I finally forced myself to watch "Marley and Me" tonight. UGH.
I read the book, which made me laugh, cry and the like. But the movie just brought me to tears. And it wasn't even that great of a film. I can't stand Jennifer Aniston and Owen is my least favorite of the Wilson brothers, but it was still one of those flicks...
I remember a few years back when my Mom gave me the book to read. They say you can;t judge a book by its cover but as soon as she handed it to me, I knew why.
There was a yellow lab on the cover for God's sake! I'm a sucker for puppies, first off. Secondly, grew up with Melly- a yellow lab. Not to mention I had just lost a dog, which made me hesitate before opening the first page.
But it was more than just that. The author, John Grogan, was just starting a family when he bought his pup. He eventually became the father of two boys and a girl. I am the first of three, with one younger brother and a younger sister. Hmmmm....
I think my Mom could relate to this. And I think she knew I would as well. Which leads me to a part of my life I tend to block out: my childhood.
The earliest memory I can recall is crying in preschool. I didn't want my Mom to leave me. It wasn't the first day or anything, but I clearly remember Mom telling the preschool teacher that my Dad was off work that day and that I wanted to stay home with him. Strangely I don't remember how true this was.
I have spent hours upon hours trying to recall childhood memories of my father. It is always a struggle. I end up with tee ball, business trips and a handful of Christmas mornings. I suppose these are the things most people hold onto, but I feel like I missed so much, or I am missing so much.
when my parents split, my brother was first to go running back to my Dad, while my sister and I wanted nothing to do with him. Not that we hated him, we just were content with Mom. But as time passed and water passed under the bridge, it was my brother who eventually shunned my father, while Courtney and I became closer with Dad.
I eventually moved back in with my Dad, after he had found a new job, new woman and cleaned up his act. The man who once was asking me to borrow five bucks for smokes or booze was now, once again, putting a roof over my head and food on the table.
However, this chapter of Life & Times is not about what has become of me, it is about what was me...
I "was" or was what should have become the "all American boy next door." Upper-middle class, living in the suburbs, academically "gifted" and carefree.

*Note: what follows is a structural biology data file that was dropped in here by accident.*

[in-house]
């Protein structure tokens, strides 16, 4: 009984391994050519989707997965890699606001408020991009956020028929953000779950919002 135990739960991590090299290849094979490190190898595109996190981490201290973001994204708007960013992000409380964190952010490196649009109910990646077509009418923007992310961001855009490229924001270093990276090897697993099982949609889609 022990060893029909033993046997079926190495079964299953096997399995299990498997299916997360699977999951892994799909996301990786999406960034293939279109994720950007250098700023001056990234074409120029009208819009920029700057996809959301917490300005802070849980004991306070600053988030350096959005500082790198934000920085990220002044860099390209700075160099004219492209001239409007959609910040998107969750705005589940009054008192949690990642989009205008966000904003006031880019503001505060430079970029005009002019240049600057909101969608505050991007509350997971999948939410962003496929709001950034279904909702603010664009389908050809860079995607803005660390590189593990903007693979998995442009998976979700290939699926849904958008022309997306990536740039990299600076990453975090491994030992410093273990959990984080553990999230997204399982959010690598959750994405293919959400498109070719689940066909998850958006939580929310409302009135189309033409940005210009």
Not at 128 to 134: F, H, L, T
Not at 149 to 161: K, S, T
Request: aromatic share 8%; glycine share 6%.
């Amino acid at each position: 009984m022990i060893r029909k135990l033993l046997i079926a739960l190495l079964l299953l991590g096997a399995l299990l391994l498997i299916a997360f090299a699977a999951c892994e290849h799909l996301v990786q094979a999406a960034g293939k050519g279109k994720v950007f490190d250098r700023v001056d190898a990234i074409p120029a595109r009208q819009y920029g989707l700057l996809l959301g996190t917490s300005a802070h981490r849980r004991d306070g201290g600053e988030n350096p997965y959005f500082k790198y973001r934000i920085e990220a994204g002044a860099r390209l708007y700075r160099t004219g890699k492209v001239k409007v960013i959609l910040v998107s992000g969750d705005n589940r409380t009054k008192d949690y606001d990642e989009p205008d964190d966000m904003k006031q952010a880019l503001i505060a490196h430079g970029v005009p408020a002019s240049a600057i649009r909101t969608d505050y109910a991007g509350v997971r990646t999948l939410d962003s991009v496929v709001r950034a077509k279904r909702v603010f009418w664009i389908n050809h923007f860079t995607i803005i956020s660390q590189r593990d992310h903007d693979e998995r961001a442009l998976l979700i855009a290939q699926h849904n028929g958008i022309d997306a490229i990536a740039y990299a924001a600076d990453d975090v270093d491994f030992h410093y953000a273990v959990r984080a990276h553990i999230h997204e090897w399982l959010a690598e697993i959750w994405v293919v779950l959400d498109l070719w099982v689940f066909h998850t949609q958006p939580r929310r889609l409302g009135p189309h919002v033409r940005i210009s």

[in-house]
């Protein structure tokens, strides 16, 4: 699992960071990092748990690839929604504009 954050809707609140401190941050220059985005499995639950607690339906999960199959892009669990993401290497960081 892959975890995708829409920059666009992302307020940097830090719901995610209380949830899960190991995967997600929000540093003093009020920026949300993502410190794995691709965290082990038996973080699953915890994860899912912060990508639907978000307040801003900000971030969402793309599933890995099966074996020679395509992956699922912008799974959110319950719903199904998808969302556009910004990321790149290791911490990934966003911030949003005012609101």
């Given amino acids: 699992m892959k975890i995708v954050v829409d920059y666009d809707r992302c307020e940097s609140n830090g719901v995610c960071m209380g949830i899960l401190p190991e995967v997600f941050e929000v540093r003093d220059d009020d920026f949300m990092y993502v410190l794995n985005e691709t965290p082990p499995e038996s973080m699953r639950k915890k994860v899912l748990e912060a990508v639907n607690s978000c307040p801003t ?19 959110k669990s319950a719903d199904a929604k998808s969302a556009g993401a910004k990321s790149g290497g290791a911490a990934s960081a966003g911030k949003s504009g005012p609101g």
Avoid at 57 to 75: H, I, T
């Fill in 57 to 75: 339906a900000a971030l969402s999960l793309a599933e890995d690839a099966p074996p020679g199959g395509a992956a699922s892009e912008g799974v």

How did that become this?
I know for sure that I wouldn't have it any other way. I may have, at one point wanted to be that carefree little dude who probably would have turned into a cookie cutter fratboy banker, lawyer or doctor, but what a boring, sad life that would have been. I would probably end up divorced, depressed and dull.
I am not a huge believer in fate, never have been. I think this belief can be traced back to 1992, when I was in the third grade. I scored very poorly on the standardized tests and my Mom was shocked and had me "retested."
This "retesting" placed me in the main office of Centennial Elementary, at a large round table opposite this older woman. She asked me all of these personal questions followed by a slew of tests. I felt like I was being interrogated and psychoanalyzed all at once. In the end I think I impressed the lady, but I still felt like I was under an unnecessary microscope.
The "tests" landed me in a gifted program at an elementary school away from my friends, siblings and comfort zone. But I was young and naive. It's only now in retrospect that I can make sense of it all: my own Mother was stealing control of my life.
I always knew growing up that I was overprotected. I didn't realize however, how much it would fuck me up down the road...
When I finally took control of my own life, years later, my Mother refused to let me learn from my own lessons and took control once again. And now, I am far too dependent on her, and she wonders why.
Now it all makes sense. I know why I eventually went back to my Dad. The unstable, bitter, functioning alcoholic he may be (sorry pops, still love ya), he can give me my space and freedom to learn from my mistakes while still being there for me in dire times.
I love both my parents unconditionally. They really made a great couple, if only they had allowed themselves to learn a thing or two from each other.... but then I probably would have never learned to think for myself, ended up in one of those dreaded professions, and would be headed in the downward spiral of my hereditary past.